Saturday, October 6, 2007

At Large and at Small

I recently finished reading Anne Fadiman's delightful and good-humored collection of "familiar essays" entitled At Large and At Small. In her introduction to the volume she references a "dispirited writer" (her father, Clifton Fadiman) who mourned the imminent death of a genre that was "setting to the horizon, along with its whole constellation: formal manners, apt quotation, Greek and Latin, clear speech, conversation, the gentleman's library, the gentleman's income, the gentleman."

I suppose that it should come as no surprise that I am a fan, as I suppose any self-respecting blogger must be, of the "familiar essay." What are blogs if not essais, attempts, explorations of thought through words? It has often occurred to me as a teacher that in our schools we actually do the genre a disservice by impressing upon generations of students that an essay is, and must be, a thesis-based argument analyzing a text or a series of historical events. It's true that there are such essays, but if that's the only kind of essay we ask students to write, we are confirming their misunderstanding of the genre and denying them access to its considerable pleasures.

For, make no mistake about it, this is a fun book to read, and one gets the clear impression that for Anne Fadiman it was a fun book to write. She has essays on, among other things, ice cream, mail, on the flag ("A Piece of Cotton"), moving from the city to the country, coffee, and Arctic exploration. Fadiman has a broad-ranging mind, a world of memories, a fluid and engaging writing style, and a sense of humor.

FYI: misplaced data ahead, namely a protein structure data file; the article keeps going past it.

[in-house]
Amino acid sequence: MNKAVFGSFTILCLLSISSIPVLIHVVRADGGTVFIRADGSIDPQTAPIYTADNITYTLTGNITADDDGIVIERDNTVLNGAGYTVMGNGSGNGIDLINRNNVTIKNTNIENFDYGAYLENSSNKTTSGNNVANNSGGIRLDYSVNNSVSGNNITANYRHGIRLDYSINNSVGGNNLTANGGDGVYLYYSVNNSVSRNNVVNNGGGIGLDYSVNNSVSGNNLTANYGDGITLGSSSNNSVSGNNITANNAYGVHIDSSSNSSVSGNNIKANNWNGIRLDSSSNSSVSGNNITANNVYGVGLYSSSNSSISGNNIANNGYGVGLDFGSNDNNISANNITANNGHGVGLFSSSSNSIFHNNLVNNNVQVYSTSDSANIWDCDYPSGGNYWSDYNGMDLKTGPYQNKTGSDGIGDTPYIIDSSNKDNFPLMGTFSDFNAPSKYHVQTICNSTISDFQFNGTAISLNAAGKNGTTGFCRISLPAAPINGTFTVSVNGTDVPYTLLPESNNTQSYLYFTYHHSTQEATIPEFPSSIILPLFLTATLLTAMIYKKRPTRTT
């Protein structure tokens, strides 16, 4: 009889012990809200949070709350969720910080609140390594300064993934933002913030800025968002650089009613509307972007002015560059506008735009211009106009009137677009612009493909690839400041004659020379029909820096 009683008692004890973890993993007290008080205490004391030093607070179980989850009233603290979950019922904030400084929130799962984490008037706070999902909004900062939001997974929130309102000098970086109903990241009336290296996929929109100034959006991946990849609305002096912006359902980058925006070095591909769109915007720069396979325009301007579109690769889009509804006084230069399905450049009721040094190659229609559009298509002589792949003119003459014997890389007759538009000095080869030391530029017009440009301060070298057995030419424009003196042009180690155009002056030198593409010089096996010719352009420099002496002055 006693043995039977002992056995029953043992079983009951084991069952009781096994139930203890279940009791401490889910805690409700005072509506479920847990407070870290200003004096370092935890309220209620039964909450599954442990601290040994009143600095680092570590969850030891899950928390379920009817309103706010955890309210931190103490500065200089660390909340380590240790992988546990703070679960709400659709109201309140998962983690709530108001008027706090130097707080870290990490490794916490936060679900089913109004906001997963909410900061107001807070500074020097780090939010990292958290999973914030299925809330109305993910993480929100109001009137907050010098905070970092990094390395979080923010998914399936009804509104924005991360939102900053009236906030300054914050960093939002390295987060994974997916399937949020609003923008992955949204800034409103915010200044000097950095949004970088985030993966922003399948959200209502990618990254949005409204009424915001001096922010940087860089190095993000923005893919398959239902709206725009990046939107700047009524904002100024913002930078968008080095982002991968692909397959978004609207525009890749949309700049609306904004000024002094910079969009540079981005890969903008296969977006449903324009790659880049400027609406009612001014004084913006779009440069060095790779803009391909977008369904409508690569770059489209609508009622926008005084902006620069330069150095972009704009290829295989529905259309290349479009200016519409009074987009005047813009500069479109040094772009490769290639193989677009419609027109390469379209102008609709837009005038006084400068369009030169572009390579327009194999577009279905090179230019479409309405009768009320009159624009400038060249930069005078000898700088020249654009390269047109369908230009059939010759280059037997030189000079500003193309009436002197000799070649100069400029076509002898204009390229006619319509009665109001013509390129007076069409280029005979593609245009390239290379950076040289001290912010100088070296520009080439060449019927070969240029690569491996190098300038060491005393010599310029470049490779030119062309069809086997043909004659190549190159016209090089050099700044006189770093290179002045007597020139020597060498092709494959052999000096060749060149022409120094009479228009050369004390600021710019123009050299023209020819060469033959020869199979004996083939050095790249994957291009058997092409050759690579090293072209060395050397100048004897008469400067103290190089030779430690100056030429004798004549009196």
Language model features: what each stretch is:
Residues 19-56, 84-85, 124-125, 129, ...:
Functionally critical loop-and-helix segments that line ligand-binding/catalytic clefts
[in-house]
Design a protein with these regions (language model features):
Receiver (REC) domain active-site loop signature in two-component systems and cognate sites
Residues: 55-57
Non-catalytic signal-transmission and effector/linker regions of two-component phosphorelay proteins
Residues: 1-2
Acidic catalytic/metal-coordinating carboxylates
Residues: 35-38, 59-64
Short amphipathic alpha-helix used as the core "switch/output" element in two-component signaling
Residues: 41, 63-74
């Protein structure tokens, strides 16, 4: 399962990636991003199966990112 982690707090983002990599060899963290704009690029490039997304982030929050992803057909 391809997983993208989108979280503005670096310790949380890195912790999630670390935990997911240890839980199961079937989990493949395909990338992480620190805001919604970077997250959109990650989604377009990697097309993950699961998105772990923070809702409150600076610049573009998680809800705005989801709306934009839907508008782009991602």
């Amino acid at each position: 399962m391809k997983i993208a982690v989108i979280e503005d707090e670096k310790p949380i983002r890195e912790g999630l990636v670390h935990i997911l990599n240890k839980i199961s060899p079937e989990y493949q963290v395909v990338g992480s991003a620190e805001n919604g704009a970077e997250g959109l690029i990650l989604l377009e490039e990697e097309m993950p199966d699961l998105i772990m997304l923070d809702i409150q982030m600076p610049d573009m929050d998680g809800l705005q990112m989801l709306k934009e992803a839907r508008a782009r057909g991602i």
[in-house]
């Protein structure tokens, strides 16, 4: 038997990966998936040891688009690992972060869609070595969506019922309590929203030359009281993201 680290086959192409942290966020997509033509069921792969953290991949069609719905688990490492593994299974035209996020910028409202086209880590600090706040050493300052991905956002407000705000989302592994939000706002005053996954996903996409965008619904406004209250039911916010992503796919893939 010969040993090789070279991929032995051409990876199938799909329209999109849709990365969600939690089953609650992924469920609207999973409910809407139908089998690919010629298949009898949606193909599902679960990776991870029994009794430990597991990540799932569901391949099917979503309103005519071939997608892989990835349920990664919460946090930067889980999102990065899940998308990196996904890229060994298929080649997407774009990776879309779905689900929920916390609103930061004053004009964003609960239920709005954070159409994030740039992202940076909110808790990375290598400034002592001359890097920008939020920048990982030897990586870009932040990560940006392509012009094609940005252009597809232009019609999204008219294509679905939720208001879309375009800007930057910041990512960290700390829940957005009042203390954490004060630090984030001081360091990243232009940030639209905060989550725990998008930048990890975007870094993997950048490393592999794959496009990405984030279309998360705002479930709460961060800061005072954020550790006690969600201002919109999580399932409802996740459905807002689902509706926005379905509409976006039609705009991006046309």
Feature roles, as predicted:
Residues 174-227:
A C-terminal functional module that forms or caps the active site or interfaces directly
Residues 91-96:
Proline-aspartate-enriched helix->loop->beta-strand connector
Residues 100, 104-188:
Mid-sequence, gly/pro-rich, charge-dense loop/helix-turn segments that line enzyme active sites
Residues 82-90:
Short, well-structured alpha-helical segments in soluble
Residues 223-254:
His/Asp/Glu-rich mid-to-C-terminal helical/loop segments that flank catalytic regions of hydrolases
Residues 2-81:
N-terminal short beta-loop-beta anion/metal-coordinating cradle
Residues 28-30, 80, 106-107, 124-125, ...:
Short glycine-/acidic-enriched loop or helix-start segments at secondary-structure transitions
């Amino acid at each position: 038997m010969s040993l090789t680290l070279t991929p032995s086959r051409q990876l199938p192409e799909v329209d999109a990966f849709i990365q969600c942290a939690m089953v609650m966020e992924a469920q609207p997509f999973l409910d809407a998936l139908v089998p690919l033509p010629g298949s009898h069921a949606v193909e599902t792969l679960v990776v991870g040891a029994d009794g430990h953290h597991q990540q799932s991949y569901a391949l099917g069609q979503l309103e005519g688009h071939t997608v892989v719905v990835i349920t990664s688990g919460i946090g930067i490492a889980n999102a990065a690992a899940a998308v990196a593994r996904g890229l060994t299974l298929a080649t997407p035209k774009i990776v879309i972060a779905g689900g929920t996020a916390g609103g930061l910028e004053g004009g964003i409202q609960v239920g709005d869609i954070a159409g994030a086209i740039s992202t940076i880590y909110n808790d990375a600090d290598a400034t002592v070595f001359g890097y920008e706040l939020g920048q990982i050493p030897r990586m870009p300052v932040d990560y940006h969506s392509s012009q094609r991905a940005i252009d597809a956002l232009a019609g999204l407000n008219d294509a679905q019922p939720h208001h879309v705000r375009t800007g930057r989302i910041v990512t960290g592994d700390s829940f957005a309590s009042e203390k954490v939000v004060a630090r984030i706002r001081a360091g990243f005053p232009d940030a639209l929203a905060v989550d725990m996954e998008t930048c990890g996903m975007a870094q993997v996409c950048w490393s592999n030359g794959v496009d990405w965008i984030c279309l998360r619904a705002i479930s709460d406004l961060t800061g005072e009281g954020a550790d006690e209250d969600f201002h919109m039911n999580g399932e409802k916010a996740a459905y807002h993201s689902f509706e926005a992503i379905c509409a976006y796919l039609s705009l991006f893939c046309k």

I came away from the book with a renewed appreciation for the pleasure to be taken in the making and reading of lists. The first essay in the book is called "Collecting Nature," and it is a recollection of the time she spent as a child with her brother collecting butterflies and other objects from nature. Early in the essay she makes reference to Dickens which includes the sort of list I have in mind:
In Our Mutual Friend, Silas Wegg visits a shop belonging to "Mr. Venus, Preserver of Animals and Birds, Articulator of human bones." Mr. Wegg is there because—could anyone but Dickens ever come up with this one?—he wishes to retrieve his leg, which Mr. Venus purchased, for potential inclusion in a skeleton, from the hospital in which it was amputated. "I shouldn't like," Says Mr. Wgg. "to be what I may call dispersed, a part of me here, a part of me there, but should wish to collect myself as a genteel person." (Mr. Wegg may thus be the only collector who has ever collected himself. He does get his leg back, though not until later in the book; it arrives under Mr. Venus's arm, carefully wrapped, looking like "a sort of brown paper truncheon.") Mr. Venus shows Mr. Wegg around the shop. "Bones, warious," he explains.
Skulls, warious. Preserved Indian baby. African ditto. Bottled preparations, warious. Everything within reach of your hand, in good preservation. The mouldy ones a-top. What's in those hampers again, I don't quite remember. Say, human warious. Cats. Articulated English baby. Dogs. Ducks. Glass eyes, warious. Mummied bird. Dried cuticle, warious. Oh, dear me! That's the general panoramic view. (17)
Later, in her essay "Ice Cream," she reports that in her researches that

In 1778, a Benedictine monk in Apulia published recipes for ices and ice creams flavored with coffee, chocolate, cinnamon, candied eggs, chestnuts, pistachios, almonds, fennel seeds, violets, jasmine, oranges, lemons, strawberries, peaches, pears, apricots, bitter cherries, melons, watermelons, pomegranates, and muscatel grapes. (50)
There's something about a list of that sort that just makes me laugh. At one level theres just the delight to be taken in the sequence of syllables, the work of the mouth in shaping the words; it's alphabetically musical. Then there's the movie behind the list: the monk laboring away in the monastery kitchen experimenting with every conceivable flavor, laboring far into the night with tasting spoon in hand, doing his particular version of God's work, trying to get the proportions just right. One wonders about the flavors that didn't make the final list.

Later, in her essay "Mail," we find this short history of epistolary innovation in a one-sentence list: